Ishan Kishan holds the aces for Team India World Cup spot, but Sanju Samson could still be in the running
Ishan Kishan vs Sanju Samson.
In a perfect world, if KL Rahul is healthy, Kishan's performance in the Caribbean, where he was named Player of the Series, would have ended the debate about the second wicketkeeper for the World Cup. But because Rahul and Shreyas Iyer are still not sure if they will play in the Asia Cup, Samson has a small chance.
Here's what we know about Rahul and Iyer for the time being. That they have "started hitting in the nets again and are doing fitness drills to get stronger." This is probably also why both Kishan and Samson got a chance to play in the ODI series in the Caribbean.
Kishan replaced Rohit Sharma at the top of the order, and his 184 runs at a strike rate of 111.51 and a best of 77 in the third ODI in Tarouba on Tuesday may have made a strong case for him to be a reserve opener.
Samson replaced Virat Kohli in the middle, and he was India's third No. 4 in the series after Suryakumar Yadav and Axar Patel. In the decider, he did more than show off his good batting form and ability to hit sixes. He hit 51 runs off 41 balls. Samson has scored 390 runs in 12 ODIs, with an average of 55.71 and three half-centuries.
Here's the thing, though. Rohit, Shubman Gill, and Kohli are almost certain to be India's top three for the World Cup. Kishan can come in as early as No. 4 if he plays wicketkeeper, a position he has tried before and didn't do well in (106 runs in six games), but where Samson does well. So, if Rahul isn't there, the team management has to make a choice, and they need to be ready for this option.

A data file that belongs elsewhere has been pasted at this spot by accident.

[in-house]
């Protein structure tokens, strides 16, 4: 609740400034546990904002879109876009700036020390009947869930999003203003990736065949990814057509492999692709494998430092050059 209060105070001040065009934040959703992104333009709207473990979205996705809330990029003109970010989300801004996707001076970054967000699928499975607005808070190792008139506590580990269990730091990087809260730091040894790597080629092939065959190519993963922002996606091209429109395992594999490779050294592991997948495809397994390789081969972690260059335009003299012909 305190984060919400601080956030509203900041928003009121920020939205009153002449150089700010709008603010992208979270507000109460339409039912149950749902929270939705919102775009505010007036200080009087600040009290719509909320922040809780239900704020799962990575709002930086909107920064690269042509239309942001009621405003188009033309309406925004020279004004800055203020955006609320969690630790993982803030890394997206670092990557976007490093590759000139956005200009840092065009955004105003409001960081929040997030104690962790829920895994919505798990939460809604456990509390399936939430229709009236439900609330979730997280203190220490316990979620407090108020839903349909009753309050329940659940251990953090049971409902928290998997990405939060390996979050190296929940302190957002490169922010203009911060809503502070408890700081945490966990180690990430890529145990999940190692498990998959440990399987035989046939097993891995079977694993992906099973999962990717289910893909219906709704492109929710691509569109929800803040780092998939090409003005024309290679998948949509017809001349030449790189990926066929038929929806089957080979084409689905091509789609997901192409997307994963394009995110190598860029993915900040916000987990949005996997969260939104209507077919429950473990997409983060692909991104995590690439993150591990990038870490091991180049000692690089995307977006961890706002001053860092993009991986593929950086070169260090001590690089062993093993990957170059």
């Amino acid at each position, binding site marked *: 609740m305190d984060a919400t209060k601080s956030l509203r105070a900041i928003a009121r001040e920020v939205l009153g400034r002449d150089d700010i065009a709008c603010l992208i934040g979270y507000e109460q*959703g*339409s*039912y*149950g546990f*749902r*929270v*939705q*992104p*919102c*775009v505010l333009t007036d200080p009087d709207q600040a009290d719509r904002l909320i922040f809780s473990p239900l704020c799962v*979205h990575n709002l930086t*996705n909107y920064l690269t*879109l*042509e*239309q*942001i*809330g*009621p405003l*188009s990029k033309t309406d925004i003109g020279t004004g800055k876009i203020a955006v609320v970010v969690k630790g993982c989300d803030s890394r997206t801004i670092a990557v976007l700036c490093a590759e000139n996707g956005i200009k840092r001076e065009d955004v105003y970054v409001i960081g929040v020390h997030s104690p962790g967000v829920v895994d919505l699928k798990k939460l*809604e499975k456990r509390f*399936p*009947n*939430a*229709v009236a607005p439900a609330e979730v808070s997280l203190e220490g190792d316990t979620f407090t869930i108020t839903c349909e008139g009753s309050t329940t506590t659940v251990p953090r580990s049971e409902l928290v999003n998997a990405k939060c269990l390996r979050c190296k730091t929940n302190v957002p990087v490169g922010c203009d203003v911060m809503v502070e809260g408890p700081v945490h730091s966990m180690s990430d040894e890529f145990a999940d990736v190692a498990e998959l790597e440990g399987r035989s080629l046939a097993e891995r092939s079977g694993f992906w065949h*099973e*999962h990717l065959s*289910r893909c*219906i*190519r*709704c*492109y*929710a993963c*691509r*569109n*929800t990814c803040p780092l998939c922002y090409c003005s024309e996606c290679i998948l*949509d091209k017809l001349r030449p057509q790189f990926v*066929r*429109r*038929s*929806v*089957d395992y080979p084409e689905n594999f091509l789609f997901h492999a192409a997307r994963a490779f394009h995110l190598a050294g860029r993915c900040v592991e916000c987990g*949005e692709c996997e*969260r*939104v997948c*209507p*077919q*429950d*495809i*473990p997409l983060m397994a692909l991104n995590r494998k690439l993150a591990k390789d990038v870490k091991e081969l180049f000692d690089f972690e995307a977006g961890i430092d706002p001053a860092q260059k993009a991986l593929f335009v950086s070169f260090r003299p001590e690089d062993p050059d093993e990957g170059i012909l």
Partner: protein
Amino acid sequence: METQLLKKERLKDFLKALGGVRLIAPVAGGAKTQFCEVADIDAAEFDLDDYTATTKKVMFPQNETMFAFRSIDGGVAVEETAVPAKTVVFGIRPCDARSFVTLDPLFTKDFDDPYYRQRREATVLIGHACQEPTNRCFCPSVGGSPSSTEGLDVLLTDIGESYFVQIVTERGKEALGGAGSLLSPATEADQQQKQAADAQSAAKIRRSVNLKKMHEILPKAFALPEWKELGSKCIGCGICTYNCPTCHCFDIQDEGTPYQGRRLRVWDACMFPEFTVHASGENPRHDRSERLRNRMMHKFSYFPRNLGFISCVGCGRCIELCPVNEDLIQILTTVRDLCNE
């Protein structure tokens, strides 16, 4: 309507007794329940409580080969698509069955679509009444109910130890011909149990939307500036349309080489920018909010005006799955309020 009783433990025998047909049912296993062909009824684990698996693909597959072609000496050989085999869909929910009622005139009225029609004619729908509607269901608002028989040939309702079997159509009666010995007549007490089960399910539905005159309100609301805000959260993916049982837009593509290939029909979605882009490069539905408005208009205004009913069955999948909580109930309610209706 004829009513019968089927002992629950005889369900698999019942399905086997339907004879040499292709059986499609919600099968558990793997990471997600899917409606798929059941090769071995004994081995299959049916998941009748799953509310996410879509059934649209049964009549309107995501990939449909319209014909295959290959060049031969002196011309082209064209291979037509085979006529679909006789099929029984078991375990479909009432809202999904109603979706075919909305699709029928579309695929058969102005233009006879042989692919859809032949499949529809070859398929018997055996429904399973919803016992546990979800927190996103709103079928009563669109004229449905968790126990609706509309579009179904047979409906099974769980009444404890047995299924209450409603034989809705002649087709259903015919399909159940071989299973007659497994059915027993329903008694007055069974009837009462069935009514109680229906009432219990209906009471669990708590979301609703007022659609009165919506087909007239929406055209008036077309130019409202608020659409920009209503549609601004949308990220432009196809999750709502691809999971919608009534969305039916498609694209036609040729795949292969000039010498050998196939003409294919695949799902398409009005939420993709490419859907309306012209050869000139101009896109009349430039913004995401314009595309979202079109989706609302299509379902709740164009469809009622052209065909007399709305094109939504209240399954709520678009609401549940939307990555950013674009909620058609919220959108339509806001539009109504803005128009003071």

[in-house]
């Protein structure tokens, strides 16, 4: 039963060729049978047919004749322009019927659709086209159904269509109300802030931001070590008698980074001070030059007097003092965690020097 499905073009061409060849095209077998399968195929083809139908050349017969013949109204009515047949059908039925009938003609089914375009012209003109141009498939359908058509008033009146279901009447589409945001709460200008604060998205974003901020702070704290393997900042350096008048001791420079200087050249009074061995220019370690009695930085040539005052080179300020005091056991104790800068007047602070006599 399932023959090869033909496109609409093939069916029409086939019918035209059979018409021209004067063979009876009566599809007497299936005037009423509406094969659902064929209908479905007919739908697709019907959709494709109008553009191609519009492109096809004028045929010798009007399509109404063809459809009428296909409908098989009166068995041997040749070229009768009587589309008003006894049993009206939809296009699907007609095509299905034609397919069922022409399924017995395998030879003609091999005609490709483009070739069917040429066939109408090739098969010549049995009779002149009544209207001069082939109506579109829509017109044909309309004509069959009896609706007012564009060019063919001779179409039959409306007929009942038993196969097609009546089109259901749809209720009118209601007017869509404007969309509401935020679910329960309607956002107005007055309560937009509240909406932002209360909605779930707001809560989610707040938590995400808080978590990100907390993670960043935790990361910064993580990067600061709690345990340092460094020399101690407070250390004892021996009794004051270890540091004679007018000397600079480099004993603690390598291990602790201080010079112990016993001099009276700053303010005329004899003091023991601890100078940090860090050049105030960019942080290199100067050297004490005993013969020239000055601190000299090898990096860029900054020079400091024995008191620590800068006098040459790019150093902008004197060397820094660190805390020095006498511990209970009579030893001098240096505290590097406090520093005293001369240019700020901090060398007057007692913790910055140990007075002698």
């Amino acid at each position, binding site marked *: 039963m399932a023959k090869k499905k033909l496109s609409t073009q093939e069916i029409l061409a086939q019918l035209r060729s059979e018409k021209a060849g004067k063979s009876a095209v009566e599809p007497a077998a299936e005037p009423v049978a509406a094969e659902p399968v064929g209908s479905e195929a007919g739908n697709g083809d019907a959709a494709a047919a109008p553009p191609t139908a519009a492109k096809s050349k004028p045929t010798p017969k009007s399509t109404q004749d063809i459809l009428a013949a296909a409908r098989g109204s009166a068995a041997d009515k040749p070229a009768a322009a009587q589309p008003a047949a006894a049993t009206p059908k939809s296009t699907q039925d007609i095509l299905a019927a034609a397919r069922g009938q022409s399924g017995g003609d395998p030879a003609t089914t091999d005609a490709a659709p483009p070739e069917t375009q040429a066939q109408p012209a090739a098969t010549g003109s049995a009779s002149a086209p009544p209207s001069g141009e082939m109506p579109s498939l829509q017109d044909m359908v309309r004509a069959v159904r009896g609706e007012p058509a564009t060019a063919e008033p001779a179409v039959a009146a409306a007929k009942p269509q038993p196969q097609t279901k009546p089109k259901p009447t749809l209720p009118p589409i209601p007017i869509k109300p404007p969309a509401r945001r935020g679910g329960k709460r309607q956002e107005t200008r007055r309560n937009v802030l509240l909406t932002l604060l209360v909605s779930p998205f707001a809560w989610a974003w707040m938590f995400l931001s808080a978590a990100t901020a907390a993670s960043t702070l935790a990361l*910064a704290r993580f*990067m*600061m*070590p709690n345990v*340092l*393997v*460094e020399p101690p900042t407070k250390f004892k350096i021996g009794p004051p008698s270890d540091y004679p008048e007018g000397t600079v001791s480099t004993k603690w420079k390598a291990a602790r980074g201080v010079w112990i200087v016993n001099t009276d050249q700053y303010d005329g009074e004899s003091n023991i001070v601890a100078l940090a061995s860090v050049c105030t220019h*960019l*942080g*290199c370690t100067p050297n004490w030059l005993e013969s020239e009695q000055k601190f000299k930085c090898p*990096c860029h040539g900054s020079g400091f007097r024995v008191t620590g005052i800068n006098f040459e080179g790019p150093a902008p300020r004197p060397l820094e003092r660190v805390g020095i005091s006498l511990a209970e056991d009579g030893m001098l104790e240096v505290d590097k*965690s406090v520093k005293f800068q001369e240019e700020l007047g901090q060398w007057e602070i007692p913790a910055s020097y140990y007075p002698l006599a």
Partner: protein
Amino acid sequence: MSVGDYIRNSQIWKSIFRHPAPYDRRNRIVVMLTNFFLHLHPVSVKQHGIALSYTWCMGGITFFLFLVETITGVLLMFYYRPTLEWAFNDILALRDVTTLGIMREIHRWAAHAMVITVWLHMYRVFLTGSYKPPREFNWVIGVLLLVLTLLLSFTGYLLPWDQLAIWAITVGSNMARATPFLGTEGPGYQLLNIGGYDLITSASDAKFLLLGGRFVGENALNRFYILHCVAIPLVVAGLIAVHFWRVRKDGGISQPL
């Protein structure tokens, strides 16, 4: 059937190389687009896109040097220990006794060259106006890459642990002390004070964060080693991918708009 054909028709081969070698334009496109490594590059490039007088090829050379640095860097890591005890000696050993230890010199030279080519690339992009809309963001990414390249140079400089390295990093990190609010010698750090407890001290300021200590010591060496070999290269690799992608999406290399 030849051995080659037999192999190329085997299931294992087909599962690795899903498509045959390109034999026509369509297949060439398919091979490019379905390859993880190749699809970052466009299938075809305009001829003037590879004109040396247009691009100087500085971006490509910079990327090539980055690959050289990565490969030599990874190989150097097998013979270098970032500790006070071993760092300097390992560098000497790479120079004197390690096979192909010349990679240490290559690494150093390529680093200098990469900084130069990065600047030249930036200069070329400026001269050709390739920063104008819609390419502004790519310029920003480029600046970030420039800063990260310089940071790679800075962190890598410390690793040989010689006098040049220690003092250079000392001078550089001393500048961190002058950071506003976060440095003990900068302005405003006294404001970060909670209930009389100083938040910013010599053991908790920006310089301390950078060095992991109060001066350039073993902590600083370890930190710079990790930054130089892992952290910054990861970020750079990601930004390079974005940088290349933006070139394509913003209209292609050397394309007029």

If that's the case, does India still choose Kishan as their first-choice wicketkeeper even though they know he'll have to move to a position he's not used to? Or do they back Samson, who has batted there before, if he makes a strong case in Ireland, where he will get three more chances, even though they will be in a different format?
As the old saying goes, Kishan has a good handle on the things he can control. In Bridgetown, where the first two ODIs were played on tricky grounds, Kishan changed his usually aggressive style to fit the needs of the team and dropped anchor.
Did Samson have the right approach for a No. 4 batter?
On Tuesday, Kishan the marauder was in full swing. He threw his hands at anything wide, pulled with all his might, and used his feet to hit the spinners right away. He was put down at backward point when he was 9 years old, but for most of his knock, he was positive and full of energy, which was typical of him. He was trying to set a certain pace, and he didn't let the players off the hook.
He took the short ball with confidence, whether he was trying to pull it or just helping it down to long leg. Especially impressive was Romario Shepherd's whip behind square for six. Kishan tried to duck at first, but then decided it was worth a shot. He quickly got inside the queue and pulled behind square with his arms. It's a shot that could only have been made with great hand-eye sync. It helped him reach his fifty in 43 balls. The best part of Kishan's game was how quickly he figured out that the surface was a belter and changed his game to match.